How you can stop your gums bleeding when brushing
Healthy gums don't bleed, so seeing blood in your spit when brushing or flossing is not normal. It could be an early sign of gum disease, so make sure you speak to your dentist if you do experience bleeding gums.
There are a number of possible causes of bleeding gums - a new oral care routine, brushing too much, too hard or not enough, or using certain medications. Often, gum bleeding can be caused by the build-up of plaque bacteria around, on and in between your teeth. Unless removed (usually by brushing), this bacteria can irritate your gums, causing them to bleed.
So, here are six simple steps you can take in your daily oral care routine to reduce your risk of seeing blood when you spit:
1. Twice for two
Brushing helps remove plaque bacteria and food particles that, if allowed to build up around, on and in between your teeth, can irritate your gums and lead to problems like gingivitis. Brush for two minutes twice a day, ideally using a fluoride toothpaste like parodontax.
2. Don't miss anywhere
Make sure you clean every corner of your mouth whenever you brush, including hard to reach areas like in between your teeth. Move methodically around your mouth, covering off the outer and inside surfaces of all your teeth (upper and lower) as well as the chewing surfaces. You can also ask your dentist about the best way to brush your teeth.
3. Be gentle
When it comes to teeth cleaning, harder is not better. In fact, brushing too roughly or too much, or using a worn toothbrush can damage tooth enamel, so brush carefully. It is also recommended to replace your toothbrush every three months.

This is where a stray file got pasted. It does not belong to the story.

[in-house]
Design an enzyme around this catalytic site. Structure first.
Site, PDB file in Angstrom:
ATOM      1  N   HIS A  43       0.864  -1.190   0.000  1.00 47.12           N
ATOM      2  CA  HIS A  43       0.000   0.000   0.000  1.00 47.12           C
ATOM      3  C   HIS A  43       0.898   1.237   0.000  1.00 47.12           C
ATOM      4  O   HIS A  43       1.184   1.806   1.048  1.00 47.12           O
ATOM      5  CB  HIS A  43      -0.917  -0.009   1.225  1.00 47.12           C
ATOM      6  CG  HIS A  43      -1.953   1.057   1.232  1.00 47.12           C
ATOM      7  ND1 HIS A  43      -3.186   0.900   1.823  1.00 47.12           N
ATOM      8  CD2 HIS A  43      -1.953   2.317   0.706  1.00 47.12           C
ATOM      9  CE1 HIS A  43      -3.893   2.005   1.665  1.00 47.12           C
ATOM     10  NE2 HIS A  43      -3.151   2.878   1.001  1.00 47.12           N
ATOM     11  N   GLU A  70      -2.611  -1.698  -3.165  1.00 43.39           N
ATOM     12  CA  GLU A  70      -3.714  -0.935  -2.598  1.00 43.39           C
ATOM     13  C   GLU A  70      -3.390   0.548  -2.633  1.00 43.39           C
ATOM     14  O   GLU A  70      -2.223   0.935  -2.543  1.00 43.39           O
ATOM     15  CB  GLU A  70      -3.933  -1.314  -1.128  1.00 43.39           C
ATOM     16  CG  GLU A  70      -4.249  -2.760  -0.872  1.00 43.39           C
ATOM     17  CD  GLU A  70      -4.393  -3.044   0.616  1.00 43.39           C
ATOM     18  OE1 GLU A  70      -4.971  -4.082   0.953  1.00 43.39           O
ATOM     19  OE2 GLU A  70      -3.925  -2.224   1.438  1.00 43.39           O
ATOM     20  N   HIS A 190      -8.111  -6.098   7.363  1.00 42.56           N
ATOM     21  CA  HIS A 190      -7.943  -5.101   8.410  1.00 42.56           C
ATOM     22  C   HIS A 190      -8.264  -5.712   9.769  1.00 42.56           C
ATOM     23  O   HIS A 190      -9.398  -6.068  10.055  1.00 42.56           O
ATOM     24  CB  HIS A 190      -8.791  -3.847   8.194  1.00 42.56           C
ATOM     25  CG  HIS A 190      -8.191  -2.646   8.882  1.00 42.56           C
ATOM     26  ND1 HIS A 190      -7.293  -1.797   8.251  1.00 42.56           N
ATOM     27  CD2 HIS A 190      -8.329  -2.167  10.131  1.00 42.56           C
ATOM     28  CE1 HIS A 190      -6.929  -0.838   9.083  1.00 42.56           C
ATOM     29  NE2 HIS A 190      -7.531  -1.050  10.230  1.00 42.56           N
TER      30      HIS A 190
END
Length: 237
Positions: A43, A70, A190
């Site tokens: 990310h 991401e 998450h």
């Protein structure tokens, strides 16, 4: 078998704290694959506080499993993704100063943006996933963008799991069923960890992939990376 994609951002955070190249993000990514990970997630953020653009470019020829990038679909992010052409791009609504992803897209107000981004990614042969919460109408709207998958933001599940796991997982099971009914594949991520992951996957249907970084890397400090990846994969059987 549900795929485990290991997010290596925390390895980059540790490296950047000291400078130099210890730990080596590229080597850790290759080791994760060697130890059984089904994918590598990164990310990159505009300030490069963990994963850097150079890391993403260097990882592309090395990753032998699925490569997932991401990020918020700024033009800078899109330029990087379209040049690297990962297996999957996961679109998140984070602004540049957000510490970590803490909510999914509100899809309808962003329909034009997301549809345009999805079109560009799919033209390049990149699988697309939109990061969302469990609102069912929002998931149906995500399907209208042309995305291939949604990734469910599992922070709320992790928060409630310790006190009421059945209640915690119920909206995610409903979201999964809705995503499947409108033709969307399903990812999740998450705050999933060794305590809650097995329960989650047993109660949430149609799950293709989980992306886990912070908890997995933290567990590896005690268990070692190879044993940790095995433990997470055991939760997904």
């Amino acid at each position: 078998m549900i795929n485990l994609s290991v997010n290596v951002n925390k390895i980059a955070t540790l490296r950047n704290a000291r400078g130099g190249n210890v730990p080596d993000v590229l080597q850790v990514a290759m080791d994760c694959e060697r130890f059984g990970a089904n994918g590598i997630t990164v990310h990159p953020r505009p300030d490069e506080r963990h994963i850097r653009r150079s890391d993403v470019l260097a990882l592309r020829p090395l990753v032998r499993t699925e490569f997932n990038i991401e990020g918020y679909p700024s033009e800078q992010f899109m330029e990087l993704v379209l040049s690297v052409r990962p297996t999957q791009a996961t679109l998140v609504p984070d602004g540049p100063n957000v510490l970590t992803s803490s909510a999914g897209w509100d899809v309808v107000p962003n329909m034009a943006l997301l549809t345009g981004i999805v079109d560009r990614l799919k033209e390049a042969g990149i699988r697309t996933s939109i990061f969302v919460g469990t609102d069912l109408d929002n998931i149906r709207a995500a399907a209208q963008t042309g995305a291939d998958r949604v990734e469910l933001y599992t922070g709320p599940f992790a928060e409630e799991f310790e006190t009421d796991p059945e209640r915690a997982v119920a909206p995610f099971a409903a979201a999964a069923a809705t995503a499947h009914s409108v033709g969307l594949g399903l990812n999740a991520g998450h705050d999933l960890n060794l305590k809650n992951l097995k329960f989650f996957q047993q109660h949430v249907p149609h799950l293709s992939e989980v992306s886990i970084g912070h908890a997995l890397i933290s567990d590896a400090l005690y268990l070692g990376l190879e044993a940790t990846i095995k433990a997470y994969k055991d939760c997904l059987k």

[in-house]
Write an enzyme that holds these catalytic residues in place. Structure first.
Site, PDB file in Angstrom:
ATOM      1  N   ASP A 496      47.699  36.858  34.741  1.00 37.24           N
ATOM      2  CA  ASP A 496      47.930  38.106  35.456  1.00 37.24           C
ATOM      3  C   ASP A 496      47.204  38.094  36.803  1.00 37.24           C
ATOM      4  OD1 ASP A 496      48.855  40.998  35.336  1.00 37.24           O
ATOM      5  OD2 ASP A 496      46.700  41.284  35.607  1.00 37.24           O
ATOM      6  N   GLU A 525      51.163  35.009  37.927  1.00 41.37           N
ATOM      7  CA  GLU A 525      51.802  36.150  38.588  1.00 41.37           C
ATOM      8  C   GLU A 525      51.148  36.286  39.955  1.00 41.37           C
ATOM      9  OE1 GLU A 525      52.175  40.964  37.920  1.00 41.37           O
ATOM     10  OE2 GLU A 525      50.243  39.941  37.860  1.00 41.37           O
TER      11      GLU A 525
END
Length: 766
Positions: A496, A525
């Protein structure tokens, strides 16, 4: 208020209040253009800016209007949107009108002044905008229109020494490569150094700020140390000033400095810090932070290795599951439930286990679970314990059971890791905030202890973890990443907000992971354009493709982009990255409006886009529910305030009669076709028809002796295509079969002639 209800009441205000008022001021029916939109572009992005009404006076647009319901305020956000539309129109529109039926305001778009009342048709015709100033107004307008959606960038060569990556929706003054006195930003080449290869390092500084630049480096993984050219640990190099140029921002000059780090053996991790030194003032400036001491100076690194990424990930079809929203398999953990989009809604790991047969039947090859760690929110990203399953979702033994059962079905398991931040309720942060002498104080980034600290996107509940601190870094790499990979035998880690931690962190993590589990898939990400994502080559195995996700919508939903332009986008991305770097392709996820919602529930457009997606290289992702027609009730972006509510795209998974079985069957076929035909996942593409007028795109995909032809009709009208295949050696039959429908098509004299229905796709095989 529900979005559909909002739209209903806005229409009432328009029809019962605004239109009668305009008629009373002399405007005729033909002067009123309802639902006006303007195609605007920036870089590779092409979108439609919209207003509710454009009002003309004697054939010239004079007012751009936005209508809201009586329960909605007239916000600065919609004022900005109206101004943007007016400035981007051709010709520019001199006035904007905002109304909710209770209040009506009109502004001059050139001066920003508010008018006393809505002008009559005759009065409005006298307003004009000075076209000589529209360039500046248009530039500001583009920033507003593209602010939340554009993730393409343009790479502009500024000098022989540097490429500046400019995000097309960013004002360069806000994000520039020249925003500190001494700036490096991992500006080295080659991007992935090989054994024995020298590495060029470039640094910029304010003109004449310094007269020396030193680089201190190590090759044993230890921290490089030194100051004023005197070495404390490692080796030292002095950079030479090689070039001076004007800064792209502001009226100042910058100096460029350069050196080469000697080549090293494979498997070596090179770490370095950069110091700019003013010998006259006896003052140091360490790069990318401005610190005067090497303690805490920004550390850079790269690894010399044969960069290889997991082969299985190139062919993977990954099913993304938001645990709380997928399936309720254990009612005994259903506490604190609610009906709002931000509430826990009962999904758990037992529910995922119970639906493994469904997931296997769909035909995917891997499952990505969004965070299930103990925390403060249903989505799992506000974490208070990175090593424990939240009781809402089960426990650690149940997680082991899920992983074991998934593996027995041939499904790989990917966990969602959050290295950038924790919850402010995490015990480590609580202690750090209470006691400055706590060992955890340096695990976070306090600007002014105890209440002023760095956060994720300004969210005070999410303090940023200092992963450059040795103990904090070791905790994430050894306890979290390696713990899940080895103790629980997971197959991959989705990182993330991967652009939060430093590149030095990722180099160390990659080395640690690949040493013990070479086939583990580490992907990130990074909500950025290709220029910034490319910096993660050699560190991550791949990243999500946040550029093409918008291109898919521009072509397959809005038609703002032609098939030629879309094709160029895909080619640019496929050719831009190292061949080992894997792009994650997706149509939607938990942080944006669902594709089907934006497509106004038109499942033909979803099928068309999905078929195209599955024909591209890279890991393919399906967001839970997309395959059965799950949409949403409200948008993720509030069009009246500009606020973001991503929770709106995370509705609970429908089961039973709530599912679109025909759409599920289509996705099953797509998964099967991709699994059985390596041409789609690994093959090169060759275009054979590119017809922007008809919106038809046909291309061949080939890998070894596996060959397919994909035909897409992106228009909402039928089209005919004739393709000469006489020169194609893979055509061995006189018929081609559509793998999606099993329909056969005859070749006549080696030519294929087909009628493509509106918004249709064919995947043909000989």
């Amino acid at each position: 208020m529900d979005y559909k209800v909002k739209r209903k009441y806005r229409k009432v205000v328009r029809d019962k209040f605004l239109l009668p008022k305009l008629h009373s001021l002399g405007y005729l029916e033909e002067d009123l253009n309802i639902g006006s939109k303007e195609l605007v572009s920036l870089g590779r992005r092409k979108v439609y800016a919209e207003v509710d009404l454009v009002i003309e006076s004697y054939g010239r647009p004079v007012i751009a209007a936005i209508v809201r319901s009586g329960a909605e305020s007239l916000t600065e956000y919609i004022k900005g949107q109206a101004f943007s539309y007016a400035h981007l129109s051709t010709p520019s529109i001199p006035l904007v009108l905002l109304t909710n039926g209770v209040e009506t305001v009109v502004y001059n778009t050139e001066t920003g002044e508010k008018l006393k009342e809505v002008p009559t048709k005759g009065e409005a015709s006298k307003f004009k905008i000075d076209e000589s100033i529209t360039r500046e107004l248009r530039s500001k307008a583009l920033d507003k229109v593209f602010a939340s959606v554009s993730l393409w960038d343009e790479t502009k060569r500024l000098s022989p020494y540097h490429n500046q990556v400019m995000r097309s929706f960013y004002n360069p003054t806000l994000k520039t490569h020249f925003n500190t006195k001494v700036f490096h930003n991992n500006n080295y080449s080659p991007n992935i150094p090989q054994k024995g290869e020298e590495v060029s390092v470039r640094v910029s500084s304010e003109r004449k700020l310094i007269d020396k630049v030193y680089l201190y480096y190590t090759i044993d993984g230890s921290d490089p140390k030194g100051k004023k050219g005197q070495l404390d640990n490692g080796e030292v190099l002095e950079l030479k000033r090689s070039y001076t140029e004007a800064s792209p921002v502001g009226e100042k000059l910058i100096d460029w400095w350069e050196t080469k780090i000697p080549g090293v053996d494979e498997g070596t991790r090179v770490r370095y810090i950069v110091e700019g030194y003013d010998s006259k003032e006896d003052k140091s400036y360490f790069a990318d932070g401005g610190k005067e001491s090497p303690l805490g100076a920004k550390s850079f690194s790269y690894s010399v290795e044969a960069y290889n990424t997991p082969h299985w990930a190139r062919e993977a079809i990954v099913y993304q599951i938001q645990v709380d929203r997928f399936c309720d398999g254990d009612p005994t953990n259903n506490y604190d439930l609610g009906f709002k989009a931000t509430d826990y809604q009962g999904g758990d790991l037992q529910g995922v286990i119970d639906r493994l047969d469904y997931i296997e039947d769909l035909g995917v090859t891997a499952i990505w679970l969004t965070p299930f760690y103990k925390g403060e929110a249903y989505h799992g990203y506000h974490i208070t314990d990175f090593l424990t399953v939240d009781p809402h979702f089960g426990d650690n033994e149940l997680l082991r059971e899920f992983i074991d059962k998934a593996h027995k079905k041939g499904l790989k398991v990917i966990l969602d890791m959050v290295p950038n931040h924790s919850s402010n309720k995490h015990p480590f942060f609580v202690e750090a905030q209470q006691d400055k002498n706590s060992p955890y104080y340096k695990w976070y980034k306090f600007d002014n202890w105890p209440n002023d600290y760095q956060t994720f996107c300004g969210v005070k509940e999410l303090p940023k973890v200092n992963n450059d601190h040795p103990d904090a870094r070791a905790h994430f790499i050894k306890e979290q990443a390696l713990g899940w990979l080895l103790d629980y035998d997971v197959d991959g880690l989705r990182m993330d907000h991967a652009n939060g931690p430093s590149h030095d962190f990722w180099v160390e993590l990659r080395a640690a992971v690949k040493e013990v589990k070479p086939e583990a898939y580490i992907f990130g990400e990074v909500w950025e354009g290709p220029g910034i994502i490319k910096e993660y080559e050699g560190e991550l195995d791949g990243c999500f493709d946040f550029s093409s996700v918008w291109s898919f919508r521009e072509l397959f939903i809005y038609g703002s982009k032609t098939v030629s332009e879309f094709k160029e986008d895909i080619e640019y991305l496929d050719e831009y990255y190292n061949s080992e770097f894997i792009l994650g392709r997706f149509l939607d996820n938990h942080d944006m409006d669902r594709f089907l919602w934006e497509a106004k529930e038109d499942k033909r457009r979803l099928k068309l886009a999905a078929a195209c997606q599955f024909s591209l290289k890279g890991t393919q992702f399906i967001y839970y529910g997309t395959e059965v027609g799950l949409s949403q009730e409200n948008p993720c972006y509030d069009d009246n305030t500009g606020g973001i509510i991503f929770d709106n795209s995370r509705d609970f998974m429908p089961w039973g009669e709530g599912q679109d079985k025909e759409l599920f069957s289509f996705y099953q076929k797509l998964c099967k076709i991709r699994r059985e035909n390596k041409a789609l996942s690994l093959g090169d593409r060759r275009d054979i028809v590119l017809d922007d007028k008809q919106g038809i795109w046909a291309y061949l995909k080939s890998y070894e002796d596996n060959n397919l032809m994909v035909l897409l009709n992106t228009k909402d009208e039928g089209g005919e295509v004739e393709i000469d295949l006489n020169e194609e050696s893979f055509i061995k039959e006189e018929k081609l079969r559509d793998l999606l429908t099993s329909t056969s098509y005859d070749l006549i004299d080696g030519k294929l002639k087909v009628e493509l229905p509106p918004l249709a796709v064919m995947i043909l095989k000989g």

4. Know your angles
Use a circular or elliptical motion and point the toothbrush down towards the gum at a 45 degree angle. This helps clean the gum line (the area where the gum meets the tooth). For the inside surfaces of your front teeth, tilt the brush vertically and use the front part to make small, circular strokes.
5. Don't forget your gum line
Your gum line can be susceptible to the build-up of harmful plaque bacteria. Be especially careful to brush away plaque from this area as well as from in the gaps between your teeth. Along with regular flossing or using interdental brushes, this can help you control plaque build-up.
6. And don't forget your tongue either
Good oral hygiene isn't just about your teeth and gums. Brushing your tongue gently can also help freshen your breath and clean your mouth by removing bacteria.